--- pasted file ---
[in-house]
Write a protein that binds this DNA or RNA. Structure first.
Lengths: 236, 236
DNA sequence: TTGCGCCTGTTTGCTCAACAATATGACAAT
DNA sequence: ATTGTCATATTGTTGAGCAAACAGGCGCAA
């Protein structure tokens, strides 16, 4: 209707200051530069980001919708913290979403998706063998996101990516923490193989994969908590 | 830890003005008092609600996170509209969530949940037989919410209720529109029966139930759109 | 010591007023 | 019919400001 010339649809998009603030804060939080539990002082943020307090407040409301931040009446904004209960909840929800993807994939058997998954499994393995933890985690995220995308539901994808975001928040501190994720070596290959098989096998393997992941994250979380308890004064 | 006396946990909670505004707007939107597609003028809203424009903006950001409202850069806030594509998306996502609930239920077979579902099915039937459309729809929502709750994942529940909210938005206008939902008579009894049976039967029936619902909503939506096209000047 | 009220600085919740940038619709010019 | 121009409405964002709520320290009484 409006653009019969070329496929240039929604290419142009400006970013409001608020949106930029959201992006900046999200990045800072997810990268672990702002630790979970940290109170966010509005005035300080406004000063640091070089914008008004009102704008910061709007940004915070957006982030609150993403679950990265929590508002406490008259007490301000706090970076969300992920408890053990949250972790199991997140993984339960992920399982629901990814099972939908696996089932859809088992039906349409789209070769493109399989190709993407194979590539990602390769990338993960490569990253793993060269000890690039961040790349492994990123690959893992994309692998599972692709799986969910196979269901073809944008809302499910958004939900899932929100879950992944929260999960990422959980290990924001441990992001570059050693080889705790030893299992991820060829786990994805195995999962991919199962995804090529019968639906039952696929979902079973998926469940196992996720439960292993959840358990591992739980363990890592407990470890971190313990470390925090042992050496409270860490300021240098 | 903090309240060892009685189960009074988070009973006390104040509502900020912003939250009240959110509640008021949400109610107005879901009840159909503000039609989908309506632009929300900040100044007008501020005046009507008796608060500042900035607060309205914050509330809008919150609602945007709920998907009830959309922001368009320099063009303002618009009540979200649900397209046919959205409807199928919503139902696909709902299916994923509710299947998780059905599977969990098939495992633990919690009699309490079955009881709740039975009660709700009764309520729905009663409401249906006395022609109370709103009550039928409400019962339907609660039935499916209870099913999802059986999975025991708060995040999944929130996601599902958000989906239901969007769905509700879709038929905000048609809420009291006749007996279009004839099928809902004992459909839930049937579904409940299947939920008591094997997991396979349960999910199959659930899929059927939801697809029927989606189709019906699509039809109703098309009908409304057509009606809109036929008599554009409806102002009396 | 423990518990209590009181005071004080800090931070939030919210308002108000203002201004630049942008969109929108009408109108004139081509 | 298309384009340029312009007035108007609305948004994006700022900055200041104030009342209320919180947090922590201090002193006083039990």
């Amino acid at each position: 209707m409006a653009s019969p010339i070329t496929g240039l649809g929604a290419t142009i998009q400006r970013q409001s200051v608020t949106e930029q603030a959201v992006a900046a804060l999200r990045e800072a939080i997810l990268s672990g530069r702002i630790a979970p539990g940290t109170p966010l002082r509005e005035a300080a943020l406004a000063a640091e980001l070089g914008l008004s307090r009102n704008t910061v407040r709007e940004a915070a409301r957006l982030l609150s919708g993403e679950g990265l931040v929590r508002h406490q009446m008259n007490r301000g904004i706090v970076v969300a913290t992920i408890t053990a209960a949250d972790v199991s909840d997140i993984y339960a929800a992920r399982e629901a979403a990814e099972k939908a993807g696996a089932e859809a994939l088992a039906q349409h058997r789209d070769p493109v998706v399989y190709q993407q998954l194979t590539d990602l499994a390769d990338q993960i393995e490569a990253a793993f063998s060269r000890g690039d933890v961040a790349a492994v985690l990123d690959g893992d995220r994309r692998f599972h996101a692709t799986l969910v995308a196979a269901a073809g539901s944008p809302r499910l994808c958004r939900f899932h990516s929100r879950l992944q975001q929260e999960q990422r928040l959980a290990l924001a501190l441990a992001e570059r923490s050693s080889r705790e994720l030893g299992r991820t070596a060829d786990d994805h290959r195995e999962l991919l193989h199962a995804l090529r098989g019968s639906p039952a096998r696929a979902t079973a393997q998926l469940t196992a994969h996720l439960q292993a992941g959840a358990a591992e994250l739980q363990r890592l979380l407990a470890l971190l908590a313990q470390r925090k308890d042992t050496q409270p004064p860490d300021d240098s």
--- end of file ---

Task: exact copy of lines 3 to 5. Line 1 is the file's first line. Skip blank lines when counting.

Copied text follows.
Lengths: 236, 236
DNA sequence: TTGCGCCTGTTTGCTCAACAATATGACAAT
DNA sequence: ATTGTCATATTGTTGAGCAAACAGGCGCAA